According to Article 4(5) of Regulation (EC) No 1223/2009, for cosmetics imported into the EU from a third country, the importer becomes the responsible person (by default) or can designate by written mandate another person to be the responsible person, also established within the EU, who shall accept in writing.

As of the end of the transition period, responsible persons can no longer be established in the United Kingdom. Rather:

• if the cosmetic product is manufactured in the United Kingdom, the importer in the EU becomes the responsible person (by default) or can designate by written mandate another person to be the responsible person, also established within the EU, who shall accept in writing;

6 OJ L 342, 22.12.2009, p. 59.

7 Regarding the applicability of Regulation (EC) No 1223/2009 to Northern Ireland, see Part C of this notice.

• the same applies if the cosmetic product is manufactured in another third country, imported into the United Kingdom and subsequently imported into the EU.

Where, currently, a responsible person established in the United Kingdom is designated by an EU manufacturer/importer, that manufacturer/importer should take the necessary measures to ensure that, as of the end of the transition period, a responsible person is established in the EU.

2. NOTIFICATION IN THE COSMETIC PRODUCT NOTIFICATION PORTAL

According to Article 13(1) of Regulation (EC) No 1223/2009, prior to placing the cosmetic product on the market, the responsible person shall notify a list of information relating to the cosmetic product to the Commission, through the Cosmetic Product Notification Portal8 (CPNP).
As of the end of the transition period, prior to placing a cosmetic product on the EU market, the new responsible person in the EU will have to make product notifications in the CPNP.

As regards existing notifications made before the end of the transition period by a responsible person established in the United Kingdom, the CPNP offers the possibility to transfer notifications to another responsible person. Thus, a UK-based responsible person can transfer an existing notification to the future EU responsible person. This EU responsible person will then be able to edit the notification and complete it by adding its own required information, such as the name and address of the responsible person (point (b) of the first subparagraph of Article 13(1) of Regulation (EC) No 1223/2009), and the new labelling (Article 13(2) of Regulation (EC) No 1223/2009; see also section A.4 of this notice). However, this transfer in CPNP is only possible until the end of the transition period. As of the end of the transition period, the former UK-based responsible person will no longer have access to the CPNP.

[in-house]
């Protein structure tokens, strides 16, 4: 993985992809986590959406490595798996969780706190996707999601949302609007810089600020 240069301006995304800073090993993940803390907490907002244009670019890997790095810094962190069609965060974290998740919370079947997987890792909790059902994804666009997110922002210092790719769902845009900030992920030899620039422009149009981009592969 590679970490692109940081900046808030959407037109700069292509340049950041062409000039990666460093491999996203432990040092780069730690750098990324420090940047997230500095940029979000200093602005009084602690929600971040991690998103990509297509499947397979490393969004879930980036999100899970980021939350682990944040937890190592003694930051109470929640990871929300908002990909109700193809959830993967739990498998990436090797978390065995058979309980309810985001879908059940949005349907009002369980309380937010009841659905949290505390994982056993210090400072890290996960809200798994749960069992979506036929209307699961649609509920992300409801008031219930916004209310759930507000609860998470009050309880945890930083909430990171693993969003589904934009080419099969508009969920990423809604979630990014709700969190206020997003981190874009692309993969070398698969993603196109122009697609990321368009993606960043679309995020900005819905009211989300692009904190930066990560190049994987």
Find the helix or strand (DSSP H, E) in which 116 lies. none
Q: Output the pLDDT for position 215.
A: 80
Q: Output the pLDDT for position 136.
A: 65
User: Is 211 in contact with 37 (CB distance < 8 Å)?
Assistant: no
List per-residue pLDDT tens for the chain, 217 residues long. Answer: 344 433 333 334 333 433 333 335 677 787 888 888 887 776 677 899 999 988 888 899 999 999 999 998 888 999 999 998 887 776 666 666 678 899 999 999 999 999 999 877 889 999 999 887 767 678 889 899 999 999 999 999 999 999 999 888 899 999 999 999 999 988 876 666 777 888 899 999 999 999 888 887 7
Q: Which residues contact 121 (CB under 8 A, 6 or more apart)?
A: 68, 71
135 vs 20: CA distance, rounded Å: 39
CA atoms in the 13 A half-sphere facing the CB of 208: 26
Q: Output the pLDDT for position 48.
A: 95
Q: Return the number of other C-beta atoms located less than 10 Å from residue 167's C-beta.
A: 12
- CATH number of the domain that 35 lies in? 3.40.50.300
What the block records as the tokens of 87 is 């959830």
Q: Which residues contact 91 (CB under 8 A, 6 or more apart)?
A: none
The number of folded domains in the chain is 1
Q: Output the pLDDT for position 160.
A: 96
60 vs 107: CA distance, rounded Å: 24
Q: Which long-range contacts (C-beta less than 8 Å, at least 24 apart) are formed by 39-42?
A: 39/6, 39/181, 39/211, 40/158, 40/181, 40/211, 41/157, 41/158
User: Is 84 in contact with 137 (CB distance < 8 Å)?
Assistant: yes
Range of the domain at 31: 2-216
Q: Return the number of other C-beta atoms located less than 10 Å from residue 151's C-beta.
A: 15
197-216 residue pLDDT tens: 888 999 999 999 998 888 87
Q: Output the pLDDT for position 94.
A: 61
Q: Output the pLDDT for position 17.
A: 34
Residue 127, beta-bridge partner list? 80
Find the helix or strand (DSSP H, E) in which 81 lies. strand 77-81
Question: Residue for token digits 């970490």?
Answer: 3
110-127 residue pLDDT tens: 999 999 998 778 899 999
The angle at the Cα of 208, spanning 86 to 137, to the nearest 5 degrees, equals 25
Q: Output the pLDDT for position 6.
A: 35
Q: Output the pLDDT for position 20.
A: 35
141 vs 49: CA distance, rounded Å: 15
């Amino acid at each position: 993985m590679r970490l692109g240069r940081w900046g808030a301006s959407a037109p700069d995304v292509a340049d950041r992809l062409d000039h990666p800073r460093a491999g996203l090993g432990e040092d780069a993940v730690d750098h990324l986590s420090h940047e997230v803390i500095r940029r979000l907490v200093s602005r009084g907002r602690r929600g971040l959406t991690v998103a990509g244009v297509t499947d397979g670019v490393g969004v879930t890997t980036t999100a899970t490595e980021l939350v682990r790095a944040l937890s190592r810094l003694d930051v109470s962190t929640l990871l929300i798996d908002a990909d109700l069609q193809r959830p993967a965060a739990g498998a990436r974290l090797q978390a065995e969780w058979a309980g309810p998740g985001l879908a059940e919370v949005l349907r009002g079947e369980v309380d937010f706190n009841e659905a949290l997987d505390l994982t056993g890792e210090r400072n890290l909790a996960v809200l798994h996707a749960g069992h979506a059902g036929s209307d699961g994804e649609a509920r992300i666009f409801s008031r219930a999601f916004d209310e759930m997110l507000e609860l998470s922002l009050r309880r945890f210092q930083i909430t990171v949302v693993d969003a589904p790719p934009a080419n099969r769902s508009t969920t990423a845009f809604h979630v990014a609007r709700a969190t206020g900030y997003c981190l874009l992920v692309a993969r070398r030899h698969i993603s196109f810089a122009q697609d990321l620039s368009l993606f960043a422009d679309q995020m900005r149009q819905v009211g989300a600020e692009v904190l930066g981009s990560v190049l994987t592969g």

New responsible persons established in the EU can already indicate before the end of the transition period that cosmetic products manufactured in the United Kingdom will be, as of the end of the transition period, imported into the EU from the United Kingdom as a country of origin.

3. PRODUCT INFORMATION FILE (PIF)

According to Article 11 of Regulation (EC) No 1223/2009, when a cosmetic product is placed on the market, the responsible person shall keep a product information file (PIF) for the cosmetic product for a period of ten years.

The PIF shall be readily accessible in electronic or other format at the address of the responsible person, as indicated on the label of the cosmetic product, to the competent authority of the Member State in which the PIF is kept. The information in the PIF shall be available in a language that can be easily understood by the competent authority of the Member State.